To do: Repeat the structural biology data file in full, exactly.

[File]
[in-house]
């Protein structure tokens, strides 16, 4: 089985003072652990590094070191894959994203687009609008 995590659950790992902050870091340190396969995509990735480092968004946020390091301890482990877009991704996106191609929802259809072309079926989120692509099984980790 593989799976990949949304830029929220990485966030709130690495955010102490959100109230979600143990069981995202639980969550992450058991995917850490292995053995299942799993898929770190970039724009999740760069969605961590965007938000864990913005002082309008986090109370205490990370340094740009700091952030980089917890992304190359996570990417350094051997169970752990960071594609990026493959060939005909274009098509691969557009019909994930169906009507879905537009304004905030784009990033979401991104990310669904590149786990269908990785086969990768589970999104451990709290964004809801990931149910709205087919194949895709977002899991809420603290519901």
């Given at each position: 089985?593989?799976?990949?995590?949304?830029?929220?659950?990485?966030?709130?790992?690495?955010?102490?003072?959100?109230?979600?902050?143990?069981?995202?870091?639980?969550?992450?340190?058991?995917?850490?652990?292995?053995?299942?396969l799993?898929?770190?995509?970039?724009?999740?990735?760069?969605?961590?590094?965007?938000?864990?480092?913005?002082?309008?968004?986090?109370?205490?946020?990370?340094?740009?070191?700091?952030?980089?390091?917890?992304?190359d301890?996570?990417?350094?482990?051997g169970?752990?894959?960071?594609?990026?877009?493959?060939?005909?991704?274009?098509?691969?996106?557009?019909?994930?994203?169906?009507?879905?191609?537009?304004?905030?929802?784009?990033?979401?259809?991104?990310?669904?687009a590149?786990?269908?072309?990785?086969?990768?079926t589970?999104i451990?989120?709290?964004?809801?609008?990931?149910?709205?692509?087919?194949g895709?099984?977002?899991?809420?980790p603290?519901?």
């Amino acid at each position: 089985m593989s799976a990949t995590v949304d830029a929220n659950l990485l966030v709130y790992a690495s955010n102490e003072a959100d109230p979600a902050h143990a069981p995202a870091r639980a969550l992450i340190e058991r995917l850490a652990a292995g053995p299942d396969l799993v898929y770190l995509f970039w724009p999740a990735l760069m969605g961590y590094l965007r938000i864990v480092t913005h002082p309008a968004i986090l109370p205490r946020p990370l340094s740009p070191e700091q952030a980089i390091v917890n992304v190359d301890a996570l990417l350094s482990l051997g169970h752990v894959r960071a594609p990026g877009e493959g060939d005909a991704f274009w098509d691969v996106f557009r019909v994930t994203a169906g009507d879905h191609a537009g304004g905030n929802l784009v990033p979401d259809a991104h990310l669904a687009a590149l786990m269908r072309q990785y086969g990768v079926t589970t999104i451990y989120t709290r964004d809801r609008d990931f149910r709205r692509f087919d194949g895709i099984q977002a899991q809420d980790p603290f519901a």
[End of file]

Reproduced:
[in-house]
């Protein structure tokens, strides 16, 4: 089985003072652990590094070191894959994203687009609008 995590659950790992902050870091340190396969995509990735480092968004946020390091301890482990877009991704996106191609929802259809072309079926989120692509099984980790 593989799976990949949304830029929220990485966030709130690495955010102490959100109230979600143990069981995202639980969550992450058991995917850490292995053995299942799993898929770190970039724009999740760069969605961590965007938000864990913005002082309008986090109370205490990370340094740009700091952030980089917890992304190359996570990417350094051997169970752990960071594609990026493959060939005909274009098509691969557009019909994930169906009507879905537009304004905030784009990033979401991104990310669904590149786990269908990785086969990768589970999104451990709290964004809801990931149910709205087919194949895709977002899991809420603290519901």
């Given at each position: 089985?593989?799976?990949?995590?949304?830029?929220?659950?990485?966030?709130?790992?690495?955010?102490?003072?959100?109230?979600?902050?143990?069981?995202?870091?639980?969550?992450?340190?058991?995917?850490?652990?292995?053995?299942?396969l799993?898929?770190?995509?970039?724009?999740?990735?760069?969605?961590?590094?965007?938000?864990?480092?913005?002082?309008?968004?986090?109370?205490?946020?990370?340094?740009?070191?700091?952030?980089?390091?917890?992304?190359d301890?996570?990417?350094?482990?051997g169970?752990?894959?960071?594609?990026?877009?493959?060939?005909?991704?274009?098509?691969?996106?557009?019909?994930?994203?169906?009507?879905?191609?537009?304004?905030?929802?784009?990033?979401?259809?991104?990310?669904?687009a590149?786990?269908?072309?990785?086969?990768?079926t589970?999104i451990?989120?709290?964004?809801?609008?990931?149910?709205?692509?087919?194949g895709?099984?977002?899991?809420?980790p603290?519901?």
């Amino acid at each position: 089985m593989s799976a990949t995590v949304d830029a929220n659950l990485l966030v709130y790992a690495s955010n102490e003072a959100d109230p979600a902050h143990a069981p995202a870091r639980a969550l992450i340190e058991r995917l850490a652990a292995g053995p299942d396969l799993v898929y770190l995509f970039w724009p999740a990735l760069m969605g961590y590094l965007r938000i864990v480092t913005h002082p309008a968004i986090l109370p205490r946020p990370l340094s740009p070191e700091q952030a980089i390091v917890n992304v190359d301890a996570l990417l350094s482990l051997g169970h752990v894959r960071a594609p990026g877009e493959g060939d005909a991704f274009w098509d691969v996106f557009r019909v994930t994203a169906g009507d879905h191609a537009g304004g905030n929802l784009v990033p979401d259809a991104h990310l669904a687009a590149l786990m269908r072309q990785y086969g990768v079926t589970t999104i451990y989120t709290r964004d809801r609008d990931f149910r709205r692509f087919d194949g895709i099984q977002a899991q809420d980790p603290f519901a």